In this Saturday, Dec. 3, 2016 photo, Syrian army soldiers patrol the east Aleppo neighborhood of Tariq al-Bab, Syria. As the battle for Aleppo winds down after more than four years of brutal street fighting and punishing aerial bombardments, the staggering extent of destruction begins to emerge: Tens of thousands of homes and apartments have been rendered uninhabitable, most factories have been looted or destroyed and some ancient landmarks have been reduced to rubble. (AP Photo/Hassan Ammar)

A cease-fire brokered by Russia and Turkey went into effect in war-ravaged Syria at midnight Thursday, a potential breakthrough in the six years of fighting that have left more than a quarter-million people dead and triggered a refugee crisis across Europe, and, if it holds, will be followed by peace negotiations in Kazakhstan’s capital Astana within one month.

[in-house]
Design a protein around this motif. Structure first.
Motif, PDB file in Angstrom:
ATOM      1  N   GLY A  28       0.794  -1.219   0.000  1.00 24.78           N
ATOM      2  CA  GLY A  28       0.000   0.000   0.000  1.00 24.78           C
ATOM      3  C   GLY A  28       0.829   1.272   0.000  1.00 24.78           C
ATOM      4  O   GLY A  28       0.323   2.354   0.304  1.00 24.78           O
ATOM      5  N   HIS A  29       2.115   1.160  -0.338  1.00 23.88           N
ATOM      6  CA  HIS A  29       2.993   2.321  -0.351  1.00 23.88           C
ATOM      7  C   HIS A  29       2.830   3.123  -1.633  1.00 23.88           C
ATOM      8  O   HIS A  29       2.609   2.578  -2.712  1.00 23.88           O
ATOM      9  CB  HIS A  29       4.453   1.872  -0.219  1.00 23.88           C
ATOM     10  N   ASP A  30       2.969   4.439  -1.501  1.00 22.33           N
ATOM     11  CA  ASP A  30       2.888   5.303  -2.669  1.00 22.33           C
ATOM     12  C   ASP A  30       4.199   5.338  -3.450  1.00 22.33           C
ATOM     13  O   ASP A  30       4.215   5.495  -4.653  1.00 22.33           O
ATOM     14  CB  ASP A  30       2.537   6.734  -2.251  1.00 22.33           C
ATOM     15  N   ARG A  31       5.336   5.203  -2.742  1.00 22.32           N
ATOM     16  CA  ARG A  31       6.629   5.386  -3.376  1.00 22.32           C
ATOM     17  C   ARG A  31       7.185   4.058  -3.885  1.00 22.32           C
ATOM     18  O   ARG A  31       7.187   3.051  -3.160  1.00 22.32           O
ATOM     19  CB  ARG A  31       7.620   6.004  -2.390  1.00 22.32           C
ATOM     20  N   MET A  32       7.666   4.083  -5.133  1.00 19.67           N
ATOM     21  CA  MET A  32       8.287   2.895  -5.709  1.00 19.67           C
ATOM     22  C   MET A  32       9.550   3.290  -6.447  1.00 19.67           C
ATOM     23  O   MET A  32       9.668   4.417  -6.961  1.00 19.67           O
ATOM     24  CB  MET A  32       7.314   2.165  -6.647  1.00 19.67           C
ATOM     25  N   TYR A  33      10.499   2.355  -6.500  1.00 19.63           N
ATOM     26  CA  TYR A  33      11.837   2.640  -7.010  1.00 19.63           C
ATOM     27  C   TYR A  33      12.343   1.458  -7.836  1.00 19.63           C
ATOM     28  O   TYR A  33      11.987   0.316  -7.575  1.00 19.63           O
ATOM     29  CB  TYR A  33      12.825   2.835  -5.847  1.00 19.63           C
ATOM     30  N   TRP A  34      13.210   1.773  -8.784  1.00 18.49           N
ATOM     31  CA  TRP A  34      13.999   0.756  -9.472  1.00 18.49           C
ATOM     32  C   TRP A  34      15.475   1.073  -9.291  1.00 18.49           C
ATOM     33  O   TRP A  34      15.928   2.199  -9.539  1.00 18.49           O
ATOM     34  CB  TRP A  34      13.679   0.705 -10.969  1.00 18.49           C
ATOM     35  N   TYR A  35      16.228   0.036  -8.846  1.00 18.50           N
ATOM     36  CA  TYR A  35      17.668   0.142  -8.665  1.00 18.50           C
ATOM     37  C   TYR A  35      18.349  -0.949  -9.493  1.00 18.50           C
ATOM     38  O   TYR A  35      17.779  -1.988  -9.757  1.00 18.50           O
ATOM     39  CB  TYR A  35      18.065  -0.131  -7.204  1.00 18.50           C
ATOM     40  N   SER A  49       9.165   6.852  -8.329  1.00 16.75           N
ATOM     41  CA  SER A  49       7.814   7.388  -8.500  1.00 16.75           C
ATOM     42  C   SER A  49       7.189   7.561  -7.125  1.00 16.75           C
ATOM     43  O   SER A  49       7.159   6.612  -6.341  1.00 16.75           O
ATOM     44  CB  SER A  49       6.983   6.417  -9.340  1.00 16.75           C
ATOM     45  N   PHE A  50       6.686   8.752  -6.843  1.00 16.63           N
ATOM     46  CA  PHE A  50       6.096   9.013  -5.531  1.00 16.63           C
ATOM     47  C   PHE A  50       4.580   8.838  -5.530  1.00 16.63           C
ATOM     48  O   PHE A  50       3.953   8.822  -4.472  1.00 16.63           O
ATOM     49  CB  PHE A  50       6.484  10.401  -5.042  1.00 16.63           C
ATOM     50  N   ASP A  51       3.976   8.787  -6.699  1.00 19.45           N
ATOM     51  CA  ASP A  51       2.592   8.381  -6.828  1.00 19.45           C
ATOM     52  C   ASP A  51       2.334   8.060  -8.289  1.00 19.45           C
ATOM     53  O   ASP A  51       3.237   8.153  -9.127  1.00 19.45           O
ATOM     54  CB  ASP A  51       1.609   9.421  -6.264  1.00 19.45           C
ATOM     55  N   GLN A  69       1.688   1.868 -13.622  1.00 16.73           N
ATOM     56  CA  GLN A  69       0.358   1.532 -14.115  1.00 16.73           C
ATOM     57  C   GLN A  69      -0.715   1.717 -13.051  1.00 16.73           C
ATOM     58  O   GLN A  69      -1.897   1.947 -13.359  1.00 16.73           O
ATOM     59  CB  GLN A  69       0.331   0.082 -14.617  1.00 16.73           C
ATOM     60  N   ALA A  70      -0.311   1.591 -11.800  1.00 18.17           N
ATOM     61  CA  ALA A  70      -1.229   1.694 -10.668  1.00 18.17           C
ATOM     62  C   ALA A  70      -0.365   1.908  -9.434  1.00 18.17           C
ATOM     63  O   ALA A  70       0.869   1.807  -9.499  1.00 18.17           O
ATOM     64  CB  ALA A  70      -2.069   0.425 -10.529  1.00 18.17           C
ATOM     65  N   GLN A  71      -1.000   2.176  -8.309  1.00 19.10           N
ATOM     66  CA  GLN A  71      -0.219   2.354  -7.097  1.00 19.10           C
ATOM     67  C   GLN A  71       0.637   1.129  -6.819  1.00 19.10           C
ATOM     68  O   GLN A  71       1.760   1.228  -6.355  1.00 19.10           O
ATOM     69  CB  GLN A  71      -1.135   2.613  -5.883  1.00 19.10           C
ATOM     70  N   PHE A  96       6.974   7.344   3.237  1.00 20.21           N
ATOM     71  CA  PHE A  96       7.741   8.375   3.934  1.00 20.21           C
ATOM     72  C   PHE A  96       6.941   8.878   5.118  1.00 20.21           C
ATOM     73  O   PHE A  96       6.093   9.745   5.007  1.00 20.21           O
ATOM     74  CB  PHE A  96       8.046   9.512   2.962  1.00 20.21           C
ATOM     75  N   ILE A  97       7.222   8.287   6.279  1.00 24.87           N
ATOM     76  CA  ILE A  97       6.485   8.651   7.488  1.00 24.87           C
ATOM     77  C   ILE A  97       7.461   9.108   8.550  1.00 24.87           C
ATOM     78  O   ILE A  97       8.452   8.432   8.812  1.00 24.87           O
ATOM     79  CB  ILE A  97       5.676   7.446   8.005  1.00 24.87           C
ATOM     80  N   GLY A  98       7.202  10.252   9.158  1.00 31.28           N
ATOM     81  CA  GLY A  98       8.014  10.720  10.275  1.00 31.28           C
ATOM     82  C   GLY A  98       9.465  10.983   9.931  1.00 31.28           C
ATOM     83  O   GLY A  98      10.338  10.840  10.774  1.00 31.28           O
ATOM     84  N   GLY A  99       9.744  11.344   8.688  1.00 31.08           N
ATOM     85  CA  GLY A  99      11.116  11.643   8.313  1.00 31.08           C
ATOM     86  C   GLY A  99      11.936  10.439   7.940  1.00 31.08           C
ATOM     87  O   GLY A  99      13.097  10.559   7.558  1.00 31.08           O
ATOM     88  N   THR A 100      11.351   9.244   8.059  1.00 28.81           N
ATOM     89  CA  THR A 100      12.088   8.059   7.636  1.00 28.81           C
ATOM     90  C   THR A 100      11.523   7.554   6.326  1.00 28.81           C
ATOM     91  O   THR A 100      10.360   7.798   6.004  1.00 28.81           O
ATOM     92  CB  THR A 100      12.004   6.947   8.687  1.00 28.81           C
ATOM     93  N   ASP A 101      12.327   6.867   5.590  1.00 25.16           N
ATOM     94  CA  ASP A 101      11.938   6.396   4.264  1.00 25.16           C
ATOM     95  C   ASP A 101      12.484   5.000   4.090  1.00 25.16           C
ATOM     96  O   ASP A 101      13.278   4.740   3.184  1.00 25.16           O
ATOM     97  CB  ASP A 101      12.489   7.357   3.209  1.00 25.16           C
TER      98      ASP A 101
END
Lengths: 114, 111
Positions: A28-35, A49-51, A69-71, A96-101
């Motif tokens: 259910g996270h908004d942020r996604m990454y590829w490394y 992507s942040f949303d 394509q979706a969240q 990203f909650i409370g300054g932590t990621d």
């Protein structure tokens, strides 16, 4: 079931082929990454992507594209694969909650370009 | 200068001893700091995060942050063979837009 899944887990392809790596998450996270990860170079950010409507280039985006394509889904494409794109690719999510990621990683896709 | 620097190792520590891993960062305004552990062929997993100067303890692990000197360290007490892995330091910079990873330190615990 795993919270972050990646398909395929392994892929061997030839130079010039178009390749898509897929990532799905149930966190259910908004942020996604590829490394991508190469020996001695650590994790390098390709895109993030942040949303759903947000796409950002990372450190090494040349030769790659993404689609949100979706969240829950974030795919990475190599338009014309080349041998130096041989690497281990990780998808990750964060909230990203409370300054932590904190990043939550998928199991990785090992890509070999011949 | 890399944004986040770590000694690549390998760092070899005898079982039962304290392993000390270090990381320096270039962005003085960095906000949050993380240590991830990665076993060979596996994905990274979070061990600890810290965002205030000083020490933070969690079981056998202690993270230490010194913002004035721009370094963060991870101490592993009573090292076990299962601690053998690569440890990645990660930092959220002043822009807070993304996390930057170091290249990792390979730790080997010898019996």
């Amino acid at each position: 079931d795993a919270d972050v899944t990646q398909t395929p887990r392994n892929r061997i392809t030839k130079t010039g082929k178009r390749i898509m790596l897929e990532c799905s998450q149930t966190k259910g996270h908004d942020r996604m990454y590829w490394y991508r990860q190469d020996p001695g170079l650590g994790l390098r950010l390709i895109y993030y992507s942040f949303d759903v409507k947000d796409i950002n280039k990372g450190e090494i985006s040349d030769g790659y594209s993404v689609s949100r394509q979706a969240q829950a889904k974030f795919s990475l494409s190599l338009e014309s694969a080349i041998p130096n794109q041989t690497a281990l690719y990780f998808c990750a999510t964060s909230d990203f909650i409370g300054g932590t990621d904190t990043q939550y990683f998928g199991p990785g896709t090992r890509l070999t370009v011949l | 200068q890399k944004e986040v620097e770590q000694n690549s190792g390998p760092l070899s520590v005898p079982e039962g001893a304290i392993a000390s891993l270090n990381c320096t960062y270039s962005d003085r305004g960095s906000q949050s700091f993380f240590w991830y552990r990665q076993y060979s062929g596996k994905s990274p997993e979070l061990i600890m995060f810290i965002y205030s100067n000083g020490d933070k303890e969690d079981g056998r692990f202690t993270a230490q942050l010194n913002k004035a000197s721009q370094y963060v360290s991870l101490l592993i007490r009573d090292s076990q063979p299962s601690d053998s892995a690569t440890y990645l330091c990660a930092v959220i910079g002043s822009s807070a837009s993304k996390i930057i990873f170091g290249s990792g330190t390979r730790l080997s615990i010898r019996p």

The Syrian army announced a nationwide halt to fighting, but said ISIS and ex-Nusra Front militants and all groups linked to them would be excluded from the deal. It did not say which unnamed groups would be excluded.

 

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